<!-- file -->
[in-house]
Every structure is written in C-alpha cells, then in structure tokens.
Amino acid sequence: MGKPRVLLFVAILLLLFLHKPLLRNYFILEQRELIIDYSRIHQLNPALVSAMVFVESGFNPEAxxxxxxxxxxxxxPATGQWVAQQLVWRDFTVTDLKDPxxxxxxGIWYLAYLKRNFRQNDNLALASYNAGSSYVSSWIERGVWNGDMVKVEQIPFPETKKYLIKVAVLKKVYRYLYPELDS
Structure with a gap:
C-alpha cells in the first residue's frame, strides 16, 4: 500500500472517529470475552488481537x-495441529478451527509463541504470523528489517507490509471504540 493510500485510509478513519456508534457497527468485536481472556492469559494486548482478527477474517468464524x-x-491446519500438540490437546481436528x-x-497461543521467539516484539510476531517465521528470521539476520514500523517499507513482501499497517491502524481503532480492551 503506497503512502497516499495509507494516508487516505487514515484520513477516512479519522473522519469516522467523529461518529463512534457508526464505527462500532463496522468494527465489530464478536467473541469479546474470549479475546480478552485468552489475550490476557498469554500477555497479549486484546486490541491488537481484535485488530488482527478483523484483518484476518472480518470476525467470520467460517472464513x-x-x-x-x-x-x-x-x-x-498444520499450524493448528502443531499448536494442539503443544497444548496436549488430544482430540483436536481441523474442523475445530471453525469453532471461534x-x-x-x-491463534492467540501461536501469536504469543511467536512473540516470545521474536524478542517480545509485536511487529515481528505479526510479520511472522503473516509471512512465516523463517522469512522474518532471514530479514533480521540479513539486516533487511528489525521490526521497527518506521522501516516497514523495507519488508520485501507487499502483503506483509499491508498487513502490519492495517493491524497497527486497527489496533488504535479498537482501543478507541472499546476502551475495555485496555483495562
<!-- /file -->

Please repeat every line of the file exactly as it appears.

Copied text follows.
[in-house]
Every structure is written in C-alpha cells, then in structure tokens.
Amino acid sequence: MGKPRVLLFVAILLLLFLHKPLLRNYFILEQRELIIDYSRIHQLNPALVSAMVFVESGFNPEAxxxxxxxxxxxxxPATGQWVAQQLVWRDFTVTDLKDPxxxxxxGIWYLAYLKRNFRQNDNLALASYNAGSSYVSSWIERGVWNGDMVKVEQIPFPETKKYLIKVAVLKKVYRYLYPELDS
Structure with a gap:
C-alpha cells in the first residue's frame, strides 16, 4: 500500500472517529470475552488481537x-495441529478451527509463541504470523528489517507490509471504540 493510500485510509478513519456508534457497527468485536481472556492469559494486548482478527477474517468464524x-x-491446519500438540490437546481436528x-x-497461543521467539516484539510476531517465521528470521539476520514500523517499507513482501499497517491502524481503532480492551 503506497503512502497516499495509507494516508487516505487514515484520513477516512479519522473522519469516522467523529461518529463512534457508526464505527462500532463496522468494527465489530464478536467473541469479546474470549479475546480478552485468552489475550490476557498469554500477555497479549486484546486490541491488537481484535485488530488482527478483523484483518484476518472480518470476525467470520467460517472464513x-x-x-x-x-x-x-x-x-x-498444520499450524493448528502443531499448536494442539503443544497444548496436549488430544482430540483436536481441523474442523475445530471453525469453532471461534x-x-x-x-491463534492467540501461536501469536504469543511467536512473540516470545521474536524478542517480545509485536511487529515481528505479526510479520511472522503473516509471512512465516523463517522469512522474518532471514530479514533480521540479513539486516533487511528489525521490526521497527518506521522501516516497514523495507519488508520485501507487499502483503506483509499491508498487513502490519492495517493491524497497527486497527489496533488504535479498537482501543478507541472499546476502551475495555485496555483495562